Diplomatist Special Report: West Asia - North Africa 2018 WANA 2018 - Page 33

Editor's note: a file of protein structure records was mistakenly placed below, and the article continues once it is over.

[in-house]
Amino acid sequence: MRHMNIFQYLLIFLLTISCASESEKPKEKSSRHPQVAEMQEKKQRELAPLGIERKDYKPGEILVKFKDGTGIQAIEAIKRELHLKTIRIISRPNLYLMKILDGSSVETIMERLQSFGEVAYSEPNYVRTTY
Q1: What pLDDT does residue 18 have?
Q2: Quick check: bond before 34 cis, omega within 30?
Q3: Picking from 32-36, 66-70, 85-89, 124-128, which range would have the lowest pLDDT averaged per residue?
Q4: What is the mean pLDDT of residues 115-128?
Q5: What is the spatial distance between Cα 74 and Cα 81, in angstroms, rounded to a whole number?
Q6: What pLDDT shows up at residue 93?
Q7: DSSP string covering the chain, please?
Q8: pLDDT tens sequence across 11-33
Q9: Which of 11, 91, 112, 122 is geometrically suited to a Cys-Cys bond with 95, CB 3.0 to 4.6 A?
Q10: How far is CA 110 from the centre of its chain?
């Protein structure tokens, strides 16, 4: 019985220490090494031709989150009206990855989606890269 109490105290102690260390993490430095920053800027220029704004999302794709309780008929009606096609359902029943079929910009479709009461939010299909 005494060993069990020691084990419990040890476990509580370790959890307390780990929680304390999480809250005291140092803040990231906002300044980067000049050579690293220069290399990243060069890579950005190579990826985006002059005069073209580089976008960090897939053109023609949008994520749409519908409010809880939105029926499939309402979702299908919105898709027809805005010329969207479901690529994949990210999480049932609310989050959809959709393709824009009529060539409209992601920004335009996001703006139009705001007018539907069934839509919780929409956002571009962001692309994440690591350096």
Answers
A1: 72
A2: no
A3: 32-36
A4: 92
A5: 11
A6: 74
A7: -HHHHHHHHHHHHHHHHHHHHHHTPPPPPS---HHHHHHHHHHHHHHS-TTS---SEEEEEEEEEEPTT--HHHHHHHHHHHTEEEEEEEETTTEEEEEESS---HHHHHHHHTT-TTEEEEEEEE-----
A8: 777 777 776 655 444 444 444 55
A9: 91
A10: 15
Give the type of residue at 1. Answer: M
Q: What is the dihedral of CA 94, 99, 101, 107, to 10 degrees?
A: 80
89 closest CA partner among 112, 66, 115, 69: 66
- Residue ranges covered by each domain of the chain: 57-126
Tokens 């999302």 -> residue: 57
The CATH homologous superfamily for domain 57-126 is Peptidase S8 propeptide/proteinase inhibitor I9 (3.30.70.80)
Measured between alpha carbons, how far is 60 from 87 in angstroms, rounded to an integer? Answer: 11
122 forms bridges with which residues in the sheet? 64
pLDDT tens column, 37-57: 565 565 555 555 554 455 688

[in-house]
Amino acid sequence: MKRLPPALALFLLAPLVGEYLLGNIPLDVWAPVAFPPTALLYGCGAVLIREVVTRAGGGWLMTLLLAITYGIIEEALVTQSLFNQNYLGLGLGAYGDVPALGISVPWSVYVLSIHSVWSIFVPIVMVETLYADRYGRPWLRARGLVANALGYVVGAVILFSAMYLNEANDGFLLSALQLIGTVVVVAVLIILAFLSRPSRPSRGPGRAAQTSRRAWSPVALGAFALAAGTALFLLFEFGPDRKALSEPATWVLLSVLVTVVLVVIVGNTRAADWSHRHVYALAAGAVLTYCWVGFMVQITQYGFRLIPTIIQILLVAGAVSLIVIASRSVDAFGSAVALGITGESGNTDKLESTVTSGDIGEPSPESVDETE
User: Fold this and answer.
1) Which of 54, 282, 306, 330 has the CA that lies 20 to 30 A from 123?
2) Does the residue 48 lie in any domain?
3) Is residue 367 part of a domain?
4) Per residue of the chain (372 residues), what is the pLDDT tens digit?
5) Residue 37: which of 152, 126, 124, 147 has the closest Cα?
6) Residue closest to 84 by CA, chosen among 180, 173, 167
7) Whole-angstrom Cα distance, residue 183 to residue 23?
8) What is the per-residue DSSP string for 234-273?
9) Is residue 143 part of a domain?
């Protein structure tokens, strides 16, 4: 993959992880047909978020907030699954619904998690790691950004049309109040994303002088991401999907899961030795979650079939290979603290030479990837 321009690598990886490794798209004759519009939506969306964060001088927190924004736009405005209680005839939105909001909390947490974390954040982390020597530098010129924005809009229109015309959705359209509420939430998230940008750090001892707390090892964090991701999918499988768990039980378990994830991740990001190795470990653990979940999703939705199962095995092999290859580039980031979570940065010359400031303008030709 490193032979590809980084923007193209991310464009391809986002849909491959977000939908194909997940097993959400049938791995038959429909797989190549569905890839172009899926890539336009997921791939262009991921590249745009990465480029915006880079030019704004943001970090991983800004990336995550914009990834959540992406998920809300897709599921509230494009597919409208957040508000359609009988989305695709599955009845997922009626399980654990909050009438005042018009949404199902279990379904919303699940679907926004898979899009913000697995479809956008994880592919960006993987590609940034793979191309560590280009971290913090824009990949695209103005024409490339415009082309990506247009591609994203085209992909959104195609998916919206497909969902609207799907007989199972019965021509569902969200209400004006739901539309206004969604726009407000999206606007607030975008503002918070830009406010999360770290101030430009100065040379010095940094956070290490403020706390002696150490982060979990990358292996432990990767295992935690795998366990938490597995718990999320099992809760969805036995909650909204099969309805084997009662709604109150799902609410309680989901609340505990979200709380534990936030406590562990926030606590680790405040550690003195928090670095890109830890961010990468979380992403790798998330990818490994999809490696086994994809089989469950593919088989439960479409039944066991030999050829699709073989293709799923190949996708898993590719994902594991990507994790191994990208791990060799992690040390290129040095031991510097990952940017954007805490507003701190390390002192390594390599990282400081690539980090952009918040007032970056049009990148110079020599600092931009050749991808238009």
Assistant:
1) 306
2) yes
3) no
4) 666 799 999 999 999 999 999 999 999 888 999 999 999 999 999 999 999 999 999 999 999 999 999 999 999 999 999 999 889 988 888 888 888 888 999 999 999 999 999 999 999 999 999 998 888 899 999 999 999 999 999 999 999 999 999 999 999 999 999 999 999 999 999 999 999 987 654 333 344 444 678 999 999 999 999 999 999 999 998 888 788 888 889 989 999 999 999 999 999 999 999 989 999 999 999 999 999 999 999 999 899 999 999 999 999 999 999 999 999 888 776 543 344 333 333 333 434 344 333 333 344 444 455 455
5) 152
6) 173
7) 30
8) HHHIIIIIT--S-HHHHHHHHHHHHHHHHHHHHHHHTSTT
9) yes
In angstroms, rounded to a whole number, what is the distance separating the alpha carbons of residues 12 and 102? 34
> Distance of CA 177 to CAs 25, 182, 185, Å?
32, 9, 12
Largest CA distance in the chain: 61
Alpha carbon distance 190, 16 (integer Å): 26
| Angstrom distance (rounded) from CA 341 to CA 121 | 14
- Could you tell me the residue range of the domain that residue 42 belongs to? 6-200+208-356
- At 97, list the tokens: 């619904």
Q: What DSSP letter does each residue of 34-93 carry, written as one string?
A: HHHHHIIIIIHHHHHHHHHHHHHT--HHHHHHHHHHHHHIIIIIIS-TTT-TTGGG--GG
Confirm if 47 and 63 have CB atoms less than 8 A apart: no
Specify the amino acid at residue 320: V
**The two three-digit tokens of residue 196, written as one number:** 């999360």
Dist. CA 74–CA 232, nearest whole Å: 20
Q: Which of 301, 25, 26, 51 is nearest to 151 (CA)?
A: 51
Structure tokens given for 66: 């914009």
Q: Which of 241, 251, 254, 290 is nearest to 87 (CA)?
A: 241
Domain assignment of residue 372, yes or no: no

SPECIAL REPORT The need of the cooperation with Israel on healthcare could be understood with the fact that healthcare in Israel is universal and participation in a medical insurance plan is compulsory. All Israeli residents are entitled to basic health care as a fundamental right. interests, exchanging of specialists for the purpose of study and consultations, encouraging cooperation between institutions and organisations between India and Israel. Also, both countries exchange information on new equipment, pharmaceutical products and technological developments related to medicine and public health. Such other forms of cooperation in the fi elds of medicine and public health also exist. The need of the cooperation with Israel on healthcare could be understood with the fact that, healthcare in Israel is universal and participation in a medical insurance plan is compulsory. All Israeli residents are entitled to basic healthcare as a fundamental right. The Israeli healthcare system is based on the National Health Insurance Law of 1995, which mandates all citizens resident in the country to join one of four offi cial health insurance organizations, known as KupotHolim which are run as not-for-profit organizations and are prohibited by law from denying any Israeli resident membership. In a survey of 48 countries in 2013, Israel's health system was ranked fourth in the world in terms of effi ciency, and in 2014 it ranked seventh out of 51. In 2015, Israel was ranked sixth-healthiest country in the world by Bloomberg rankings and ranked eighth in terms of life expectancy. Similarly, with Palestine in May 2017, India established an inter-ministerial and inter-institutional cooperation in the fi eld of healthcare by pooling technical, scientifi c, fi nancial, and human resources with the ultimate goal of upgrading the quality and reach of human, material and infrastructural resources that involves medical education, training and research. Since 1967, there have been improvements in the access to healthcare and the overall general health conditions for residents, in the Palestinian territories. Advances in training increased access to state-of-the-art medical technology, and various governmental provisions have allowed per-capita funding to increase, and therefore the overall health of residents in the region to increase. Additionally, the enhanced access to and funding from international organizations like the World Health Organization, the United Nations, the Palestinian Ministry of Health, and the World Bank Education and Health Rehabilitation Project have contributed to the current state of affairs within the healthcare segment of the Palestinian territories. India too is cooperating with Ramallah in the major areas which include capacity building of health staff, prevention and control of communicable diseases, physiotherapy and rehabilitation, drug, pharmaceutical and medical equipment. Moving towards North Africa, India signed an MoU with Egypt on healthcare cooperation in 2008, which resulted in the bilateral cooperation between two nations on the medical equipment and pharmaceutical products, hospital management, telemedicine, primary healthcare, exchanging experiences in the fi eld of population, vaccine, surveillance on emerging diseases, and sharing the results in the fi eld of medical education. Healthcare in Egypt consists of both public and private sectors. Public health coverage is offered through Ministry of Health, which operates a series of medical facilities providing free health services. There are two main private insurers. The Health Insurance Organization covers employed persons, students, and widows through premiums deducted from employee salaries and employer payrolls. It operates its own network of medical facilities and at times contracts with private healthcare providers. The Curative Care Organization operates in specifi c governorates, and contracts with other entities for the provision of care. There are also private insurance options and a network of private healthcare providers and medical facilities. Many mosques also operate their own clinics, especially in the large cities. Understanding the need of higher cooperation both India and Egypt established a 'Follow Up Group' , which is responsible for monitoring the implementation of the MoU. This group meets regularly to explore the vast opportunities to work, on the poor healthcare system and create an advanced and proactive channel of cooperation between two states. * Nigar Dilawar is a healthcare & hospitality management scholar. Her research areas include Healthcare in the war- torn zone. Her thesis was carried out on the child healthcare in the Syrian territories. West Asia-North Africa• 33